Cate's Reviews > The Sense of an Ending

The Sense of an Ending by Julian Barnes
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Jun 02, 12

Read in May, 2012

Exquisitely written and carefully observed, but I'm still puzzled by what happened. Still not sure how the book holds together.

Tony Webster is a 60-ish man living a semi-failed life. He has one grown daughter he doesn't really see often, he is still friendly with his ex-wife, but he doesn't really have much except his own constructed sense of self. The reader quickly comes to the conclusion that Tony is an unreliable narrator, both due to the mutable nature of memory, and due to Tony's own character flaws. But how unreliable is he, exactly?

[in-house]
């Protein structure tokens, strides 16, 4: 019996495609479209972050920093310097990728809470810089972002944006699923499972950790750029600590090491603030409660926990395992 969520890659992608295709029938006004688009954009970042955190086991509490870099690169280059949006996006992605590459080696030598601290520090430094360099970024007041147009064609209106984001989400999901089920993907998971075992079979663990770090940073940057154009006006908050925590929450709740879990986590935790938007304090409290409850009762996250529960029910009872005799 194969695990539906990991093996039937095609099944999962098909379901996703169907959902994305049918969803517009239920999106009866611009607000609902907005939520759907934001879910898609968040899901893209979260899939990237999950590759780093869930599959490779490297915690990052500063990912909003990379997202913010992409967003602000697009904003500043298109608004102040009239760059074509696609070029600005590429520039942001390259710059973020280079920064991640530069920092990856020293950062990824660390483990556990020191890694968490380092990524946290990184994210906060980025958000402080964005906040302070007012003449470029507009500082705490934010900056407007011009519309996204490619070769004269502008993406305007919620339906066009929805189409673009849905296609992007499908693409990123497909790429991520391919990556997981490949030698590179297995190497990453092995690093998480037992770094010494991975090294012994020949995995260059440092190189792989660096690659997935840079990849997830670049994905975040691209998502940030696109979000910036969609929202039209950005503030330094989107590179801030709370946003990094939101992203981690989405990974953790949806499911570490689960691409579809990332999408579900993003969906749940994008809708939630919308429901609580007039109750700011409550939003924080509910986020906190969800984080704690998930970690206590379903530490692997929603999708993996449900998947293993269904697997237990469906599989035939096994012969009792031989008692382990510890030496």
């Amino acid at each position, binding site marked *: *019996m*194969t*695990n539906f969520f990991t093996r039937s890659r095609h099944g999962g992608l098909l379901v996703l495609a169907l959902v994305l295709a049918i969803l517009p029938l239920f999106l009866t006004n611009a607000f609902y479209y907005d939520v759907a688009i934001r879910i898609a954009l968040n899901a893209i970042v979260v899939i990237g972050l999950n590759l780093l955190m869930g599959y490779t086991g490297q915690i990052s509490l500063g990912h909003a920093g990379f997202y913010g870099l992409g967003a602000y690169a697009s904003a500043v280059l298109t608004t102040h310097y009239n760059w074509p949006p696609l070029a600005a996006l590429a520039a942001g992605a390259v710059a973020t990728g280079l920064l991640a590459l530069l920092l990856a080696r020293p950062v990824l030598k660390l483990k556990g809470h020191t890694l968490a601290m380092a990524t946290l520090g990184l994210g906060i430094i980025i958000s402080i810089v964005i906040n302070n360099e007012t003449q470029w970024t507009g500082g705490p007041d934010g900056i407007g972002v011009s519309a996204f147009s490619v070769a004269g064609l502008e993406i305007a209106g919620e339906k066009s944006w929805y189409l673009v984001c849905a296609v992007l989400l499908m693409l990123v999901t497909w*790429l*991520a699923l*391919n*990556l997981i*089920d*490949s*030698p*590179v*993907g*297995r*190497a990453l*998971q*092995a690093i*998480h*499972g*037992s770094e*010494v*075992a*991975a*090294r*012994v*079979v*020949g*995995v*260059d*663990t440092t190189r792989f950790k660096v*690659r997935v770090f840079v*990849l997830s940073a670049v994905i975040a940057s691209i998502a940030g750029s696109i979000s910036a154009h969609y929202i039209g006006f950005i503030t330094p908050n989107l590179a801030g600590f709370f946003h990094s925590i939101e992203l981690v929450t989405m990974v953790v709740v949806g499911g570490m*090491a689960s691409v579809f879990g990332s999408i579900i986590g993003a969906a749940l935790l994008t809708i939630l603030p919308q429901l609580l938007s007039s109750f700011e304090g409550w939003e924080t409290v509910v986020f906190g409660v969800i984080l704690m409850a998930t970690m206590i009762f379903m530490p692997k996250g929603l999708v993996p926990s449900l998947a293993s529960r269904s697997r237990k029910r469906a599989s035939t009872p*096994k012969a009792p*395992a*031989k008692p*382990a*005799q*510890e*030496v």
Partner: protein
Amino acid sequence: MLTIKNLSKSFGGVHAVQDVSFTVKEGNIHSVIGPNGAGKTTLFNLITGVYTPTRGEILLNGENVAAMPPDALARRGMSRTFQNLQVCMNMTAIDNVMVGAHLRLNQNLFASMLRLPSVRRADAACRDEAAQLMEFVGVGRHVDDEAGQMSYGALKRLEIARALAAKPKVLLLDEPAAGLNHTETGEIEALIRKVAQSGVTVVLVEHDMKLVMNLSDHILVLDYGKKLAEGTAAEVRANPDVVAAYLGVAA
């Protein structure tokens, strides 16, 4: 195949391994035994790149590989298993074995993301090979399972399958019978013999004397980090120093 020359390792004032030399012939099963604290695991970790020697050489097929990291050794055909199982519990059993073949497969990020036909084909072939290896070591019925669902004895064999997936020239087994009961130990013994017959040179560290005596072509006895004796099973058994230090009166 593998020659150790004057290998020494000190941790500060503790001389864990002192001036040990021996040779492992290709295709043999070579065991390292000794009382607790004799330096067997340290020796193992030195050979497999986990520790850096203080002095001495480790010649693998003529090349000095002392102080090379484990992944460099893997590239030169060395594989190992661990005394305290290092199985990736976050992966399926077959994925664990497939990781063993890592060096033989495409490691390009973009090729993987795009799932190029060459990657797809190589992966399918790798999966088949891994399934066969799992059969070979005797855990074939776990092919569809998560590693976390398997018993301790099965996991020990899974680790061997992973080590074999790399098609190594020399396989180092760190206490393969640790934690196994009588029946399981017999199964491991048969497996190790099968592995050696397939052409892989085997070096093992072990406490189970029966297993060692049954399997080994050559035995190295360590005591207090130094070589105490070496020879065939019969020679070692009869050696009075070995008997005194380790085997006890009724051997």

He is suddenly confronted with his own past when he receives an unexpected legacy from the mother of his first girlfriend, a woman he met once during an awkward weekend when Veronica took him to her home to meet the family. That was over forty years ago, and there is no obvious reason why she should have left him this money. She also left him a diary kept by his school chum Adrian, who was dating Veronica when he committed suicide as a college student.

Tony doesn't actually get the diary because Veronica has it and won't give it up. He undertakes a campaign to get it from her, and his actions reveal him to be an increasingly self-absorbed and unattractive character. By the end, I shared Veronica's disgust with him, even if I didn't quite understand the specifics.

There is a double twist ending in which Tony comes to his own conclusions about why Adrian killed himself so many years ago--but I'm not sure that Tony is right about that. Which would constitute a triple twist ending perhaps?
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